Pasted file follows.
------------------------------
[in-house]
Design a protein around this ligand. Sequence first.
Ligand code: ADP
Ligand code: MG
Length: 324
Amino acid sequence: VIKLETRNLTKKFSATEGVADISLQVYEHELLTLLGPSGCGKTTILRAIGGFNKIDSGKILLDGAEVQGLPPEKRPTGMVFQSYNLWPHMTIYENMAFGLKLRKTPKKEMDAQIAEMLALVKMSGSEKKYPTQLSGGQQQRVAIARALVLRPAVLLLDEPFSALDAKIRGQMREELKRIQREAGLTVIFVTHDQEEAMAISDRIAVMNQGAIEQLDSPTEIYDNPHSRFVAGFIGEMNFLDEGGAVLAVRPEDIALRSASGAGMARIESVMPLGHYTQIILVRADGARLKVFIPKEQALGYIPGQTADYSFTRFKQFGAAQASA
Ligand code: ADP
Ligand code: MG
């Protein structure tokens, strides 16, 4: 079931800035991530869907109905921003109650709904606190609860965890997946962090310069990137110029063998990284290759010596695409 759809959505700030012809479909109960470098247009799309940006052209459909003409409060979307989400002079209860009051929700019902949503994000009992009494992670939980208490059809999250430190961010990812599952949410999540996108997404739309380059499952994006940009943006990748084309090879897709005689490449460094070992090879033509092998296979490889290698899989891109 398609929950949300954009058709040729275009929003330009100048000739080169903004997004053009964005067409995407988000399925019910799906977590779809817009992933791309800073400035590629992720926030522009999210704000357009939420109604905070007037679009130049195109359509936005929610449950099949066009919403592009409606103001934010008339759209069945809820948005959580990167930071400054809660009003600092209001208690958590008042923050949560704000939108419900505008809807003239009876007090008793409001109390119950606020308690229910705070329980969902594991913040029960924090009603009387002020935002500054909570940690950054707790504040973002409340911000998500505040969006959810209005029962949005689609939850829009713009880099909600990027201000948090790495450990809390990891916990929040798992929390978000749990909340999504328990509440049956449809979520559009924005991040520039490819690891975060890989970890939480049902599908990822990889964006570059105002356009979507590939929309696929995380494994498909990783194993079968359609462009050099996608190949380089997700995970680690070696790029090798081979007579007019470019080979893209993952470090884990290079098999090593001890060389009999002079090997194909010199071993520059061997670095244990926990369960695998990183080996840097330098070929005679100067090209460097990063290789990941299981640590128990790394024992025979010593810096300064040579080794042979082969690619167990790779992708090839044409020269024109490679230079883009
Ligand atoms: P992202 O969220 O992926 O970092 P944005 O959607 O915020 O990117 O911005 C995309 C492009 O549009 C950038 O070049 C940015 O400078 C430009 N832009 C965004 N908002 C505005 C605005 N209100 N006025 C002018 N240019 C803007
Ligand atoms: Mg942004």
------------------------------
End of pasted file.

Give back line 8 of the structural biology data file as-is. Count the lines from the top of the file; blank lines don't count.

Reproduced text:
Ligand code: MG